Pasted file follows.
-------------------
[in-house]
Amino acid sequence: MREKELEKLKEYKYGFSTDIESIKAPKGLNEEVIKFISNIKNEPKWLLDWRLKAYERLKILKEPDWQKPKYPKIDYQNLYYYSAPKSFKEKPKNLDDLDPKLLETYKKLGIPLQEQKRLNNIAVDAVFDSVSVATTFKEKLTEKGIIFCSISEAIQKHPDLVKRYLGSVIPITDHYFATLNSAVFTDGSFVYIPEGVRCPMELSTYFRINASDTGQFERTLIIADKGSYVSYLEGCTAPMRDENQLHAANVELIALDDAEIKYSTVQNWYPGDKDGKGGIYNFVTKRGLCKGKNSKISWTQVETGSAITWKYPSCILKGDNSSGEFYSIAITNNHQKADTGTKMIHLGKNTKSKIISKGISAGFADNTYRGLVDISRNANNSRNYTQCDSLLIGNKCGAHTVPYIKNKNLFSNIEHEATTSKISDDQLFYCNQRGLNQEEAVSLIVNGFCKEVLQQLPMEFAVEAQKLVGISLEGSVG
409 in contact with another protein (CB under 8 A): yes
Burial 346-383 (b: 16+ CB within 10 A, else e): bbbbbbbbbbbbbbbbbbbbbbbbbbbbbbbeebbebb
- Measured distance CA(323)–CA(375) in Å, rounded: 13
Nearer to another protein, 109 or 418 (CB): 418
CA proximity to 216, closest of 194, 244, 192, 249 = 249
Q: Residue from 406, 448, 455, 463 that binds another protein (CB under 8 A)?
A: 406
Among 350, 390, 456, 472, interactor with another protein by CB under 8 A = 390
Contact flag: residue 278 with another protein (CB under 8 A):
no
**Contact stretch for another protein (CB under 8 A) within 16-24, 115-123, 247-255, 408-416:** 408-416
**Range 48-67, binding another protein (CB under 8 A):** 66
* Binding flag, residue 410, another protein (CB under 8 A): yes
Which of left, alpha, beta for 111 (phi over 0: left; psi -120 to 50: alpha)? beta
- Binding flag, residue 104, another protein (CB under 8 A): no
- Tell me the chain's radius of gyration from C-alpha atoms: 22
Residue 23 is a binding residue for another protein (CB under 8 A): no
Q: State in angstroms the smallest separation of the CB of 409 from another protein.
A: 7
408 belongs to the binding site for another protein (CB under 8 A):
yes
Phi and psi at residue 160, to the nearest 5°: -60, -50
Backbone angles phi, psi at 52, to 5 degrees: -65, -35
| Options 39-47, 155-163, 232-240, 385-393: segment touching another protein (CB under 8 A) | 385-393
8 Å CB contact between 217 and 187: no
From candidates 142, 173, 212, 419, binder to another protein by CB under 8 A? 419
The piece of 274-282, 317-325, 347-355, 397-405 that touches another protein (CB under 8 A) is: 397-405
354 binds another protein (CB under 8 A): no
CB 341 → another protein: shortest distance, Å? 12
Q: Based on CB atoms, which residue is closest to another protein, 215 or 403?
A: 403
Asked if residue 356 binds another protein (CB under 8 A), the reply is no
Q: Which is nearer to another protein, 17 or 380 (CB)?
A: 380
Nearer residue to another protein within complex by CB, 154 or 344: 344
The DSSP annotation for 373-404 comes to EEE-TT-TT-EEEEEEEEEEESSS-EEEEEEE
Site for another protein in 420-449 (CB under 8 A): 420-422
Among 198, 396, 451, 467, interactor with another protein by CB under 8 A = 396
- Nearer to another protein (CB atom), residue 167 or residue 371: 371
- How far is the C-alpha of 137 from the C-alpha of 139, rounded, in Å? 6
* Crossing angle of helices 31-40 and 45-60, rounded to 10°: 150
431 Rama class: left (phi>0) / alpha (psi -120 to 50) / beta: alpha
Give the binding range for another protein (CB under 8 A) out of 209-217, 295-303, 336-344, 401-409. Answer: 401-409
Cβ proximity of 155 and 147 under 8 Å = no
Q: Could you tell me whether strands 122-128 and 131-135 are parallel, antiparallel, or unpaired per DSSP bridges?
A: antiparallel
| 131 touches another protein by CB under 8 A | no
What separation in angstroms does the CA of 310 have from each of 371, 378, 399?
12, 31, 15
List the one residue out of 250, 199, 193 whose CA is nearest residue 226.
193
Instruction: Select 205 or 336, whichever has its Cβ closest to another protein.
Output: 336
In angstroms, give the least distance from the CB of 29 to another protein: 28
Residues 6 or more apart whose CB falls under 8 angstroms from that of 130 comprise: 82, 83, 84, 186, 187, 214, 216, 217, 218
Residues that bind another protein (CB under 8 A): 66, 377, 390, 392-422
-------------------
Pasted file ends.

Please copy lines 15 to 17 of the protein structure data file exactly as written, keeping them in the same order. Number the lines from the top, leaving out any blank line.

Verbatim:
* Binding flag, residue 410, another protein (CB under 8 A): yes
Which of left, alpha, beta for 111 (phi over 0: left; psi -120 to 50: alpha)? beta
- Binding flag, residue 104, another protein (CB under 8 A): no